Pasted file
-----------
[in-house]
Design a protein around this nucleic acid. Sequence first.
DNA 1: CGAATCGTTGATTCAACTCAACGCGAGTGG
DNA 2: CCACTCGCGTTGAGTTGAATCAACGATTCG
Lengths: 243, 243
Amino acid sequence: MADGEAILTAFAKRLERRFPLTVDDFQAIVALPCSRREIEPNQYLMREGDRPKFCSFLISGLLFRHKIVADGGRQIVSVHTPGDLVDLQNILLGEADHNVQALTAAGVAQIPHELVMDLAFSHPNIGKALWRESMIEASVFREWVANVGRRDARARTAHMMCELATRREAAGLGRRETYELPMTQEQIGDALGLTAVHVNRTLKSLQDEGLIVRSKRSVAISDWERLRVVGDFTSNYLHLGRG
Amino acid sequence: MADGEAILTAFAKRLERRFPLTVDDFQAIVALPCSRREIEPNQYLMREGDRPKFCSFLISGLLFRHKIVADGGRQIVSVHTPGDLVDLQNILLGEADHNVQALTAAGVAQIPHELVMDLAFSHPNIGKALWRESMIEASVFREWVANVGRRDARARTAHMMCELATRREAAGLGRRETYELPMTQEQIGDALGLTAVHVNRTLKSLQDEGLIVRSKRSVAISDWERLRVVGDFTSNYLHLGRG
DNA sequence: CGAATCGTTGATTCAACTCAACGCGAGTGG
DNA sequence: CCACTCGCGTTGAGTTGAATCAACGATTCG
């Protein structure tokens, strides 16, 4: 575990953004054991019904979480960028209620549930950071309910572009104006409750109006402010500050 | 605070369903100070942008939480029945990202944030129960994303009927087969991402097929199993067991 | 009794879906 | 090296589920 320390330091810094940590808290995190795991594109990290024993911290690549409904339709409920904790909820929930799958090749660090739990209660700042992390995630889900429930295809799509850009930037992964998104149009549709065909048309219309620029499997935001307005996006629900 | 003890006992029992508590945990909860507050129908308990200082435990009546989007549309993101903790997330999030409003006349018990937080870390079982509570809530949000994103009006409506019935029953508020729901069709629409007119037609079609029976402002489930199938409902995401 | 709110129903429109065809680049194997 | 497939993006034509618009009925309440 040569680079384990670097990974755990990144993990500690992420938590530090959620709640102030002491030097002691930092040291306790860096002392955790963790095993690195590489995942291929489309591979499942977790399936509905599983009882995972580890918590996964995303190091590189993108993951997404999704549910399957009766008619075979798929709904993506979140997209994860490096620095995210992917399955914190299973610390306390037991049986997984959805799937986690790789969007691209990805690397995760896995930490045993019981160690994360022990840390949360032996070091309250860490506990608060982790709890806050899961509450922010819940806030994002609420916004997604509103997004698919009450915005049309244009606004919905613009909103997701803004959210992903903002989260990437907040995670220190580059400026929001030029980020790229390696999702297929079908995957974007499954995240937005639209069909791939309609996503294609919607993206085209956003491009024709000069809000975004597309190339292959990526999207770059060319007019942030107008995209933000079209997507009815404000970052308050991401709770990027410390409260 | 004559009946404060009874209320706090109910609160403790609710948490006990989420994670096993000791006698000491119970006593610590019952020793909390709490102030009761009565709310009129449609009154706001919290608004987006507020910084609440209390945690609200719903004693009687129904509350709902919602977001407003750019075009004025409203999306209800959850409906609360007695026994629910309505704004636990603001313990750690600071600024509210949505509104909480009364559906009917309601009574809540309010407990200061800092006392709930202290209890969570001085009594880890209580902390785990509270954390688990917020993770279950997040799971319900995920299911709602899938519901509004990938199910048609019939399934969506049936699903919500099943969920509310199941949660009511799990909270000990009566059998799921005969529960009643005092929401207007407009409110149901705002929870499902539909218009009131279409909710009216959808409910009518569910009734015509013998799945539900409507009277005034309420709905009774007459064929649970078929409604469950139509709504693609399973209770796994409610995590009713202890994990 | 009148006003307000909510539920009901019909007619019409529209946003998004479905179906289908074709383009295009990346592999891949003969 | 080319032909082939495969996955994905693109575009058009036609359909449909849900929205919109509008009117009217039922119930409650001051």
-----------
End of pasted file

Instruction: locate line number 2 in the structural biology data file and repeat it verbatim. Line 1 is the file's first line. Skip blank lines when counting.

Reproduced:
Design a protein around this nucleic acid. Sequence first.